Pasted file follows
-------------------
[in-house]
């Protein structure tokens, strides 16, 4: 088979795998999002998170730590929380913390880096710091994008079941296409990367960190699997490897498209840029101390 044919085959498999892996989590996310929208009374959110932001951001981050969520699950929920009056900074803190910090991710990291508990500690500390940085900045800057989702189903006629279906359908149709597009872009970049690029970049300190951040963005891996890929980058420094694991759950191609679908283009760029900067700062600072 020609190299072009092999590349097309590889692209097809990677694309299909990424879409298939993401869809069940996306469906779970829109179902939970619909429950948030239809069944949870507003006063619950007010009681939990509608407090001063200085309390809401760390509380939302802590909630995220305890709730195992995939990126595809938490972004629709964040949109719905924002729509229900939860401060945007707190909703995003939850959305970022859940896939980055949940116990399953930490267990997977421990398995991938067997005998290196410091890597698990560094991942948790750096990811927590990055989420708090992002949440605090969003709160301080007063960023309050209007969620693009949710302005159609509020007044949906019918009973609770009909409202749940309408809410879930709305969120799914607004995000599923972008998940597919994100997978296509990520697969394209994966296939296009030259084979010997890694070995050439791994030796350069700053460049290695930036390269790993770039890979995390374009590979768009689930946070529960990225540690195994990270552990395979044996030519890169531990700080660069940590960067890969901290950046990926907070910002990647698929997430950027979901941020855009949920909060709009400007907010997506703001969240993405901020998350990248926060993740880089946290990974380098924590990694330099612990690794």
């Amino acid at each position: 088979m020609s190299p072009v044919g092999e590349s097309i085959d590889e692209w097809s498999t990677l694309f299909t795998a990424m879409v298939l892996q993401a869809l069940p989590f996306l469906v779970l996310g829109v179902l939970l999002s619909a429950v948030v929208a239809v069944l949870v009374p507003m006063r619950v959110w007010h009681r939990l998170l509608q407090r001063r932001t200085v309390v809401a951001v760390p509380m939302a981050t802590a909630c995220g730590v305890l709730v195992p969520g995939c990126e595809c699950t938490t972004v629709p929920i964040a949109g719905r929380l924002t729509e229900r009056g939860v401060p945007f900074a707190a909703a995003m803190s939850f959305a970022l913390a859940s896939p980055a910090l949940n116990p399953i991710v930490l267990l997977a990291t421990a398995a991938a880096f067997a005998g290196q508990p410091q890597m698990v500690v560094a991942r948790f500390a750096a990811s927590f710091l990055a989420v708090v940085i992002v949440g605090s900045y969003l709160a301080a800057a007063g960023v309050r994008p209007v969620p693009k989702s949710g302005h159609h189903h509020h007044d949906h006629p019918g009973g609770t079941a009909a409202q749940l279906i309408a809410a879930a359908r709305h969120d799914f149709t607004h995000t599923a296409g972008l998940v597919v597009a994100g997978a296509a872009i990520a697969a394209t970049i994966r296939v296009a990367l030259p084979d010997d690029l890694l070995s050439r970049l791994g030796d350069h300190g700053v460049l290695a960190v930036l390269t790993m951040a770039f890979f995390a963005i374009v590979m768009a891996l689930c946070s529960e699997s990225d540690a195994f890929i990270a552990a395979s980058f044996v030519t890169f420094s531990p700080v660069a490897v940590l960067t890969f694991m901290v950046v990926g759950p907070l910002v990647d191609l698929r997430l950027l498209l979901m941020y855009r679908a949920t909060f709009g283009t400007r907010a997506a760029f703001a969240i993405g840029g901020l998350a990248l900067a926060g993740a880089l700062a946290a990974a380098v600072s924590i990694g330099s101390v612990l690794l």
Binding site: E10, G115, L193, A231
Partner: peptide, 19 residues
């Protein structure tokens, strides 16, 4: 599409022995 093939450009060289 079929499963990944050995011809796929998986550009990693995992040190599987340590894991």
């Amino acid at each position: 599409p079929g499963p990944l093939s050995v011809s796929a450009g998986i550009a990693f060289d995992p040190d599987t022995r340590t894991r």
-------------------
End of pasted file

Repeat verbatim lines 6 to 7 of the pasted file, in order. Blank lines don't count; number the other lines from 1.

């Protein structure tokens, strides 16, 4: 599409022995 093939450009060289 079929499963990944050995011809796929998986550009990693995992040190599987340590894991």
């Amino acid at each position: 599409p079929g499963p990944l093939s050995v011809s796929a450009g998986i550009a990693f060289d995992p040190d599987t022995r340590t894991r």